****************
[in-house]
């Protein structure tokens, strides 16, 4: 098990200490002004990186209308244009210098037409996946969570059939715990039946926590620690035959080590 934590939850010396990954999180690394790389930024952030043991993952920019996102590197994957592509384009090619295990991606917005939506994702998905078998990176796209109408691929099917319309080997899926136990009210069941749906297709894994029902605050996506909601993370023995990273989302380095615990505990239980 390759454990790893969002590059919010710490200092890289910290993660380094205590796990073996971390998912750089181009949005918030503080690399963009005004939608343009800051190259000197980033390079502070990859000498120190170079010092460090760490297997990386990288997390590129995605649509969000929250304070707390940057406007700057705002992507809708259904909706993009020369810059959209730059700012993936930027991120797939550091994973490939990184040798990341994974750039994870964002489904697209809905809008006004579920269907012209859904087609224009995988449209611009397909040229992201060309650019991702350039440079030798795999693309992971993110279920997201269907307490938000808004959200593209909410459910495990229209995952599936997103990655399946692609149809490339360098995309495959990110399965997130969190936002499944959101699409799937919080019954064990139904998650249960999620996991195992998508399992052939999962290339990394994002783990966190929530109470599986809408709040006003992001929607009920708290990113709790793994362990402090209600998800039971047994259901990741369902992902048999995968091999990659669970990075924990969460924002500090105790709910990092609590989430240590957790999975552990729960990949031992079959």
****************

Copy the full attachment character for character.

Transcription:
[in-house]
């Protein structure tokens, strides 16, 4: 098990200490002004990186209308244009210098037409996946969570059939715990039946926590620690035959080590 934590939850010396990954999180690394790389930024952030043991993952920019996102590197994957592509384009090619295990991606917005939506994702998905078998990176796209109408691929099917319309080997899926136990009210069941749906297709894994029902605050996506909601993370023995990273989302380095615990505990239980 390759454990790893969002590059919010710490200092890289910290993660380094205590796990073996971390998912750089181009949005918030503080690399963009005004939608343009800051190259000197980033390079502070990859000498120190170079010092460090760490297997990386990288997390590129995605649509969000929250304070707390940057406007700057705002992507809708259904909706993009020369810059959209730059700012993936930027991120797939550091994973490939990184040798990341994974750039994870964002489904697209809905809008006004579920269907012209859904087609224009995988449209611009397909040229992201060309650019991702350039440079030798795999693309992971993110279920997201269907307490938000808004959200593209909410459910495990229209995952599936997103990655399946692609149809490339360098995309495959990110399965997130969190936002499944959101699409799937919080019954064990139904998650249960999620996991195992998508399992052939999962290339990394994002783990966190929530109470599986809408709040006003992001929607009920708290990113709790793994362990402090209600998800039971047994259901990741369902992902048999995968091999990659669970990075924990969460924002500090105790709910990092609590989430240590957790999975552990729960990949031992079959």